There’s no doubt that bankruptcy isn’t a desirable situation to be confronting. There are some major financial consequences involved and it’s a very complicated and stressful process that will affect you financially for years to come. Ending up in mountains of debt can happen faster than you think, and many individuals end up in this situation as a result of a multitude of factors. Not being able to work resulting from illness is one of the most common reasons people declare bankruptcy. It’s not like they had any control over the situation, but being unable to pay their debts given that they have no income is the hard reality they must face. In reality, 7,900 individuals in Australia declared bankruptcy in the March 2017 quarter1, so it’s not as rare as some people think. In my opinion, bankruptcy is neither good nor bad. Of course, those who declare bankruptcy have made some bad financial decisions and will punished accordingly, however declaring bankruptcy is also the first step to financial freedom. A great deal of people struggle for years just to make ends meet, while their debts keep worsening, so in many cases, bankruptcy is an opportunity for a clean slate for people that are unable to repay their debts.

 

Though I’ve never been bankrupt personally, I’ve witnessed the journey of many people who have and surprisingly, most people are better off and glad they underwent the process. If you’re encountering financial hardship and considering bankruptcy, this article will summarise what life is like after you declare bankruptcy.

 

You Will Not Be Completely Debt Free By Declaring Bankruptcy

 

Bankruptcy is pretty complicated, and there is a typical misconception that all debts are eliminated by filing for bankruptcy. This is certainly not the case. There are a range of debts that won’t be cleared, for instance Centrelink debts, HECS debts, child support, court imposed fines (like speeding tickets), and also money that is owed to an insurance provider arising from a car accident where you were uninsured and at fault. But, filing for bankruptcy will eliminate debts like credit cards, GST and tax, and unsecured personal loans. The truth is, you will still have debts to pay after you file for bankruptcy, but the most significant debts in many cases, such as credit cards, will be eliminated.

 

Feelings Of Regret And Humiliation Are Standard

 

Bankruptcy is a taxing process and lots of folks who declare bankruptcy have feelings of guilt and humiliation; as if they’ve lost in life. This is standard, however it’s paramount to overcome these emotions because the reality is, humans make mistakes, and bankruptcy is a way that you can make a fresh start financially and get your life back on the right track. The sooner you recover from these feelings of guilt, the sooner you’ll be able to begin the recovery process and work out a plan of how you’re going to repay your remaining debts and rebuild your credit report. Remember, bankruptcy lasts for three years and after seven years, it will no longer appear on your credit rating, so it’s definitely not the end of the world.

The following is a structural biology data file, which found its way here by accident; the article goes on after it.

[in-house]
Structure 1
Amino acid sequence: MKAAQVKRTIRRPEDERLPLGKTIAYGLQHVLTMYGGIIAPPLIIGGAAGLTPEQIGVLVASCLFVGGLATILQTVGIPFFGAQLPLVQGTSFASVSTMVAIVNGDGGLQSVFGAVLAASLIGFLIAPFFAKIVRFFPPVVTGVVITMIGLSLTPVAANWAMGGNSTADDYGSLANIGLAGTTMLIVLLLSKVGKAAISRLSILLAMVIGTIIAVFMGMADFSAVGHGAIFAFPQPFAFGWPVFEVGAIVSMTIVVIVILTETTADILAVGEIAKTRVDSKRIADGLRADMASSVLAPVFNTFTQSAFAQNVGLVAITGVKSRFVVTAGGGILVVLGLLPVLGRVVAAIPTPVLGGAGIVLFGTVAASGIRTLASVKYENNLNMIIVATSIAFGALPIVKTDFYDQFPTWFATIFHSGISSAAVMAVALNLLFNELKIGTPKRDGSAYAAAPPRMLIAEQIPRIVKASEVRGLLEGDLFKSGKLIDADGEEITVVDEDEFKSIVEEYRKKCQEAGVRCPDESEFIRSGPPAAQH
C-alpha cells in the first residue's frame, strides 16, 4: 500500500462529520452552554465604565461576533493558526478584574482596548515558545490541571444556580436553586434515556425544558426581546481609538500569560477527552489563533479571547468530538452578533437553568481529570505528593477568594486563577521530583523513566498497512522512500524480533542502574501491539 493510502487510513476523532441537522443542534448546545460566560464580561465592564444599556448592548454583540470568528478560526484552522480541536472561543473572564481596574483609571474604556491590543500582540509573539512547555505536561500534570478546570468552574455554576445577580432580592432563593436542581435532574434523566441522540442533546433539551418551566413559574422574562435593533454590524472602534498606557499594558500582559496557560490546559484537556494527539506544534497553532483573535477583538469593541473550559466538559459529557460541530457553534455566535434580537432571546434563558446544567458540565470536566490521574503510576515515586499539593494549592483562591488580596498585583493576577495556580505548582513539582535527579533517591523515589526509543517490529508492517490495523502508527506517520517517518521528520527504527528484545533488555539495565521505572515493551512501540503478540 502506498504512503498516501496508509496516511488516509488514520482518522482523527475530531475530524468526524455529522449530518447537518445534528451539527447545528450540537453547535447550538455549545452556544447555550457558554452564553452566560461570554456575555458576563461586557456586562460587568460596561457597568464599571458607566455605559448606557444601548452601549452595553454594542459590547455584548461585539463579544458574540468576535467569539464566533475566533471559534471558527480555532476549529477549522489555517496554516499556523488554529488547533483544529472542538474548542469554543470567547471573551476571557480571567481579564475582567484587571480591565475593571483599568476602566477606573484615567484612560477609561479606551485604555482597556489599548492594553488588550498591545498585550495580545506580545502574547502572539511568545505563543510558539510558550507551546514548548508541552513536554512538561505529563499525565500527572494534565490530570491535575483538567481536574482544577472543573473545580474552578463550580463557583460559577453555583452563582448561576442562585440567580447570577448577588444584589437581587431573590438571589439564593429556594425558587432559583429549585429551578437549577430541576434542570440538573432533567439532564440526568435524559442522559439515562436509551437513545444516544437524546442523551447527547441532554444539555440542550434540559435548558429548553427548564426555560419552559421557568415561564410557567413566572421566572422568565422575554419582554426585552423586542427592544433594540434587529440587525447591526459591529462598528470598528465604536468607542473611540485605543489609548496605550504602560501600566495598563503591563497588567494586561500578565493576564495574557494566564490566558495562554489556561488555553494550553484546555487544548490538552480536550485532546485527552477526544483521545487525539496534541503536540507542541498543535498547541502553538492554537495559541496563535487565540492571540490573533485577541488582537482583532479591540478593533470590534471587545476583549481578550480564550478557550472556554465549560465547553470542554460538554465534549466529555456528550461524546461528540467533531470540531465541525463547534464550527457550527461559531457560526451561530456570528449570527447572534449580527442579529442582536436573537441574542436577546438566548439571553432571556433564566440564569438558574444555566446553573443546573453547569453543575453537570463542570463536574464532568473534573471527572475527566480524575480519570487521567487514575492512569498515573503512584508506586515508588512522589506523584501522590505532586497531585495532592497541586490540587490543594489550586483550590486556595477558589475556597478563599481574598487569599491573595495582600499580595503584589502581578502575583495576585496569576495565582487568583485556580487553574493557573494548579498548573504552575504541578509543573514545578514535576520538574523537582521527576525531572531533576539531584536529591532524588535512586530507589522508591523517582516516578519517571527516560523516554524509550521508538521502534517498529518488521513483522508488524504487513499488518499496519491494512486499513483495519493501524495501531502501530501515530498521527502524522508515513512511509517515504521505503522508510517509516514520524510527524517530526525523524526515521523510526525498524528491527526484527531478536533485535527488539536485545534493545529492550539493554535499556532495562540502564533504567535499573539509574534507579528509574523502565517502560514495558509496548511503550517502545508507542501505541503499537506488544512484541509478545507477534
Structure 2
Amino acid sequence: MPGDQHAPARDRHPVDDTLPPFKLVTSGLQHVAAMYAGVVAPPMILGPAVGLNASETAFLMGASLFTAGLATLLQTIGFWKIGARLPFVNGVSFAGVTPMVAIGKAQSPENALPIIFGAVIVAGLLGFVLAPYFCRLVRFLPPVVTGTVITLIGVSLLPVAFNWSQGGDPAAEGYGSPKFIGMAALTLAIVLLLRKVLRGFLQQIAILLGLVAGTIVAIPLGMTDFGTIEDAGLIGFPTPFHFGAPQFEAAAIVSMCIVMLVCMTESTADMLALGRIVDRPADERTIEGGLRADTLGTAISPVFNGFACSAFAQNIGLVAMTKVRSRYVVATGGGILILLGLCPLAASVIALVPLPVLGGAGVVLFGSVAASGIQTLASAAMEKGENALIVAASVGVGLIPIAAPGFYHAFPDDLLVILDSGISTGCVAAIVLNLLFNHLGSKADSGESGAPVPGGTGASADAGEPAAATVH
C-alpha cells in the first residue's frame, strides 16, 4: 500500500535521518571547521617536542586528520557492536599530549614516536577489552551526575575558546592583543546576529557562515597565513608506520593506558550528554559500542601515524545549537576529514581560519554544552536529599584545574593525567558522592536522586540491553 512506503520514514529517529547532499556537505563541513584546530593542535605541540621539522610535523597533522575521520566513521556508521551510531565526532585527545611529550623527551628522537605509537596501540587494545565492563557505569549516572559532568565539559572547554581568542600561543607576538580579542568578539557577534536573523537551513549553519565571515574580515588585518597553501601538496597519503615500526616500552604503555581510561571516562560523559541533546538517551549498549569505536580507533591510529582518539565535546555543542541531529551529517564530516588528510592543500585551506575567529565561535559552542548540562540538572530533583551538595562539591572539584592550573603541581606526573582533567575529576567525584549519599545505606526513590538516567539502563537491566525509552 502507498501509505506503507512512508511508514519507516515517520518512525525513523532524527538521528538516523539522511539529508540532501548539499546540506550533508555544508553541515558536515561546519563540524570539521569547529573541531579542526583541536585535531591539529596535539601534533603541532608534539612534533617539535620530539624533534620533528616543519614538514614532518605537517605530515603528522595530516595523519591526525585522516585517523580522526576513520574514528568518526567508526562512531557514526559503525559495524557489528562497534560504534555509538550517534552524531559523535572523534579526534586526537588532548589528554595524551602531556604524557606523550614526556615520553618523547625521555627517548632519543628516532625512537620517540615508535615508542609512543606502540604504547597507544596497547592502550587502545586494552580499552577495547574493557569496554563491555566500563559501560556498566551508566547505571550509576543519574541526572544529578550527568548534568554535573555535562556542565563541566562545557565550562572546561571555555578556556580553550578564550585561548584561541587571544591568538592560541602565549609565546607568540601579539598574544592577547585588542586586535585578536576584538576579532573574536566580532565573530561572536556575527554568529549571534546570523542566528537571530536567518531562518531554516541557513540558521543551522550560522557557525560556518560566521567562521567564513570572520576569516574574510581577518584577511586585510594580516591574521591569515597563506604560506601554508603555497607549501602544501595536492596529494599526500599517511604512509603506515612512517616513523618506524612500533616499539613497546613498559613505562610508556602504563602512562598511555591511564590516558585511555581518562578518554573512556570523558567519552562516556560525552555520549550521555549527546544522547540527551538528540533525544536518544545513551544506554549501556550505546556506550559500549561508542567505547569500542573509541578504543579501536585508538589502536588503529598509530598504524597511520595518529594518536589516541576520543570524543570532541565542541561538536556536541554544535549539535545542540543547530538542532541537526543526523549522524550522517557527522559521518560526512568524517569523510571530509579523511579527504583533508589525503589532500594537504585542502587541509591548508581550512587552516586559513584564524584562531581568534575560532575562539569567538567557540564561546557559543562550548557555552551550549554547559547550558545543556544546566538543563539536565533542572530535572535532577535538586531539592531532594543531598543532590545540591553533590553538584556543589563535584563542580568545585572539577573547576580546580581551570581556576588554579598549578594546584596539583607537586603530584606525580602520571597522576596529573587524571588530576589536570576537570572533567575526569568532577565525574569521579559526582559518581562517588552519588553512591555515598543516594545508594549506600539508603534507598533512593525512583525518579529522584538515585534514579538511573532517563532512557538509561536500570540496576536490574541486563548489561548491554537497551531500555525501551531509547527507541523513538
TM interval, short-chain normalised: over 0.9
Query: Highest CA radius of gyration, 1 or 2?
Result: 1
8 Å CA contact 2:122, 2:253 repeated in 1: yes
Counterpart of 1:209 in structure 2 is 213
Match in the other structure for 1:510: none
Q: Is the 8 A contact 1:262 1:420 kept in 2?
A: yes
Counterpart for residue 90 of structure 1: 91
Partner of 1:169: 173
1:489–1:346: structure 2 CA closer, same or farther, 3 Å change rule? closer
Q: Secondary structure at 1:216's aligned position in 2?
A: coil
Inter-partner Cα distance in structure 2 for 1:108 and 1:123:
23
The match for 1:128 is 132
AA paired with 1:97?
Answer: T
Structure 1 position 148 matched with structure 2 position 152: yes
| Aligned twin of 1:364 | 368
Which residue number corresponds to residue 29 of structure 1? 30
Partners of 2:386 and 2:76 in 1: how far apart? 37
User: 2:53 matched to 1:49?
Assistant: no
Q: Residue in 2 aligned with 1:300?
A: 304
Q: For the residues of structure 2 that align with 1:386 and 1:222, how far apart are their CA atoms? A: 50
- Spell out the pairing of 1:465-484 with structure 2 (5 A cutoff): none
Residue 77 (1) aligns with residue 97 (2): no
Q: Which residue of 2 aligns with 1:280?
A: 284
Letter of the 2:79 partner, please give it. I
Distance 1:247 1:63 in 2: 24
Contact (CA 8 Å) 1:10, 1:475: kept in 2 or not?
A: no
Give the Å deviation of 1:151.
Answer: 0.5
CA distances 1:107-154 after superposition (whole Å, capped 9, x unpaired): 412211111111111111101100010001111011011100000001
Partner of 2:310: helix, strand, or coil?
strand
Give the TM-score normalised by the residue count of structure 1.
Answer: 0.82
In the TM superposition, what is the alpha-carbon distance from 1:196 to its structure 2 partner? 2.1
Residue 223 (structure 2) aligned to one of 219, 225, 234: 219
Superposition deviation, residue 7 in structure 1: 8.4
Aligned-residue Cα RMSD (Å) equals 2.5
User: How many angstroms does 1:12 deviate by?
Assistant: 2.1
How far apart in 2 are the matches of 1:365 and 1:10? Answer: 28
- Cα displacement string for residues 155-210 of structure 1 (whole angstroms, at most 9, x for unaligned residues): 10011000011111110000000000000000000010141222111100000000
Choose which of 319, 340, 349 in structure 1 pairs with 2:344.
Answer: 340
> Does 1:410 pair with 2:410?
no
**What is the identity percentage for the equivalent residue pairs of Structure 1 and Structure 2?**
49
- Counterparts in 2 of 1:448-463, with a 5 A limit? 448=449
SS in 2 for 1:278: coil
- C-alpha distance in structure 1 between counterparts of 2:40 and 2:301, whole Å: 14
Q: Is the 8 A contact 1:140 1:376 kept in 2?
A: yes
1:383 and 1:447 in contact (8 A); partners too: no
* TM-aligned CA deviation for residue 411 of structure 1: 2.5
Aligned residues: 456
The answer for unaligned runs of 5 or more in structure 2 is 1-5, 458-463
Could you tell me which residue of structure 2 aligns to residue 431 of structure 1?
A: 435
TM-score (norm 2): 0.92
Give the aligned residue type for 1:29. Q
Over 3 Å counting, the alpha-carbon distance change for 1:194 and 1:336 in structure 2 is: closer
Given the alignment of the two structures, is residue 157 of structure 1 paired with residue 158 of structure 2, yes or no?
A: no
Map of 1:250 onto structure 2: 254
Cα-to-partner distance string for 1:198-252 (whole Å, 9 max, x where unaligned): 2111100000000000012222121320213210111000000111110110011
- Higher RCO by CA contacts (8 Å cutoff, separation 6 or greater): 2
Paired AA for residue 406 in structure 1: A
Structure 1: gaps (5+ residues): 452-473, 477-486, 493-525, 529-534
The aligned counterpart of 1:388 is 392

You Can’t Borrow Any Money For Three Years

 

Unfortunately, by filing for bankruptcy you won’t be able to borrow any money under any circumstances for three years. During this time, it’s important that you start rebuilding your credit rating by maintaining a steady income and paying your bills and outstanding debts on time. It’s simple but effective. After this three-year process, you become a discharged bankrupt and will have the chance to receive loans for secured assets like houses and cars, but your interest rates will be much higher due to your poor credit report. While it’s not always sensible to secure loans straight away, it is possible. After seven years from the time you became bankrupt, your credit history will be clean, and you will have the option to secure all sorts of loans again at competitive rates.

 

Life after declaring bankruptcy certainly isn’t easy, but the emotional relief that most people experience after beginning the process definitely softens the blow. There are some severe financial implications involved, but declaring bankruptcy is the first step towards financial freedom and securing a bright future for you and your family. If you’re experiencing financial difficulties, it’s always best to seek professional advice sooner rather than later. Whatever you do, don’t keep struggling financially for years because you fear the stigma connected with bankruptcy. It’s challenging, but it’s also not the end of the world. If you ‘d like to speak with someone about your financial predicament, contact Bankruptcy Experts Whitsundays on 1300 795 575 for a confidential discussion, or alternatively visit their website for more details: http://www.bankruptcyexpertswhitsundays.com.au

 

Sources:

 

https://www.afsa.gov.au/statistics/personal-insolvency-statistics-0